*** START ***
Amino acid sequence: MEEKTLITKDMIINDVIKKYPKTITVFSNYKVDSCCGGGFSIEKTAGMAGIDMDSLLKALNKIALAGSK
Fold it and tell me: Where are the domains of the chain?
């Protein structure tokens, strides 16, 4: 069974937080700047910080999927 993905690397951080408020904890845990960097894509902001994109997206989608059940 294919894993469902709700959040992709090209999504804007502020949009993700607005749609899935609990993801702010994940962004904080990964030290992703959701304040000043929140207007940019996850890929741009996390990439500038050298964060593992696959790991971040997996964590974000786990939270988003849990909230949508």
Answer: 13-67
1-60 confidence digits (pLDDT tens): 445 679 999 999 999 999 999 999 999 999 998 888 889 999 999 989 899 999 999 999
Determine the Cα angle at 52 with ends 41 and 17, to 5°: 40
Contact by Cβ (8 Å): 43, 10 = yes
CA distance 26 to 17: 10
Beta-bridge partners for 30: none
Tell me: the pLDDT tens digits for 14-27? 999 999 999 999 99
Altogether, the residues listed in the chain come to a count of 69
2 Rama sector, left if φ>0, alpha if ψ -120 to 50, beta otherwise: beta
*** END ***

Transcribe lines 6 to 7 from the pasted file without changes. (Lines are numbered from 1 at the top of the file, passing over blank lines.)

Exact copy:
Determine the Cα angle at 52 with ends 41 and 17, to 5°: 40
Contact by Cβ (8 Å): 43, 10 = yes